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Dermatologist guide to Acne treatments for women, including Hormonal Acne

Updated: Oct 28, 2022



 

Disclaimer: The information in this article is not meant as specific individual medical advice. Please consult your dermatologist or other medical professional about your skin or medical condition.

 

Acne affects as many as 12% of all adult women.


When acne is persistent, it can cause permanent scarring and poor self-esteem.


Some women experience symptoms of depression and anxiety because of having severe acne.



What type of acne do you have?


How acne is treated depends large on the type of acne she has.


As you know, acne is characterized by having blackheads, whiteheads and red painful pimples, usually on the face and sometimes over the upper body.


Some women mainly have blackheads and whiteheads (comedones). This type of acne is called comedonal acne.


Other women have multiple red zits, pus bumps or pimples (inflammatory lesions). This type of acne is called inflammatory acne.


Many women experience worsening or breaking out of acne lesions monthly, or around their menstrual cycle. This type of break-outs are related to her body’s androgen (testosterone, DHEA) levels, and is commonly termed hormonal acne.


When acne is severe, a woman can have multiple large painful nodules and cysts on the face, or upper body. Sometimes these large acne lesions can cause thick and raised scars, called keloid scars. This type of severe acne is called nodulocystic acne.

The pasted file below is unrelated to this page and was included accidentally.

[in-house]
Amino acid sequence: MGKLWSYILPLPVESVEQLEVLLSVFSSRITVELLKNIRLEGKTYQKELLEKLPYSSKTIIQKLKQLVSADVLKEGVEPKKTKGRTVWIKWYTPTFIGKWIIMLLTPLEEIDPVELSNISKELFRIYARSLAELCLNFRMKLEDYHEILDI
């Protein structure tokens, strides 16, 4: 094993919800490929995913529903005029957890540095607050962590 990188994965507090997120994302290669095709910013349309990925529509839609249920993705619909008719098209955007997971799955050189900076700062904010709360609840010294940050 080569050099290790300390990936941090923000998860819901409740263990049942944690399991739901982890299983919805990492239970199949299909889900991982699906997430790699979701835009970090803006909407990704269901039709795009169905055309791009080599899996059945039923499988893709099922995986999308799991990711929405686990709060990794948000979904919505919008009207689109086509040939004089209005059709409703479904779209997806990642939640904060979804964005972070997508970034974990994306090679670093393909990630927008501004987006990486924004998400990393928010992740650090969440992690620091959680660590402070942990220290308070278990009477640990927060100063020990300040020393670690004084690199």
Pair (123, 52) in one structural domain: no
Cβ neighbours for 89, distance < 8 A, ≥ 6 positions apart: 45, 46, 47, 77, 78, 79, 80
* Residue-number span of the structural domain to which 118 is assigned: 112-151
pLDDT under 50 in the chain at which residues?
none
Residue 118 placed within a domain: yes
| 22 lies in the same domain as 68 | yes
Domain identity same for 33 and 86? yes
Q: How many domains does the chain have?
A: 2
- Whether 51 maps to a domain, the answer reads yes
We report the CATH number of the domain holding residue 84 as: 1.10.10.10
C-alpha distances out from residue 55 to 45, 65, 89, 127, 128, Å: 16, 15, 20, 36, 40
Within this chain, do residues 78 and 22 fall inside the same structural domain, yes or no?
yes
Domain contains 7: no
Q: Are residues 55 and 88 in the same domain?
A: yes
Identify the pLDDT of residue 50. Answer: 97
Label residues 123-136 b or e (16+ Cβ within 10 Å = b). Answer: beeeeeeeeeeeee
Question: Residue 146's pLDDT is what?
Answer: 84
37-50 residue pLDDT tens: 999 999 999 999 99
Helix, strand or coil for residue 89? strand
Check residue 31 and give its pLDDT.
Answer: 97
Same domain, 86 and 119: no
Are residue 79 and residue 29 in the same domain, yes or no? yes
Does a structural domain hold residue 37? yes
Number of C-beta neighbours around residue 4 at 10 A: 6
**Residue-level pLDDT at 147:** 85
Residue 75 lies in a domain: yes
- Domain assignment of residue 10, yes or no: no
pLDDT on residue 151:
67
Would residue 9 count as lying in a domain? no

In reality, many women experience a mix of these different types of acne, and treatment is selected accordingly.



What causes acne?


To understand how the different treatment works, you first want to understand what causes acne.


Acne is caused by plugging of pores by thickening of the skin, debris and oil production. This causes blackheads and whiteheads (comedones).


In addition, a bacterium, called Proprioniacterium acnes (P acne), grows in acne lesions and causes inflammation. This causes red bumps, zits, pimples or pus bumps (inflammatory lesions).


There are also genetic factors that determines the number and size of the acne lesions, the amount of inflammation that happens and how our body makes androgens.


There is increasing evidence that suggest that food rich in carbohydrates (high glycemic index diets) may be associated with acne. In some small studies, people who follow a diet with low carbohydrate load experienced improvement in acne severity.


There are also some studies that show that consuming cow’s milk, especially skim milk, may increase the risk of developing acne.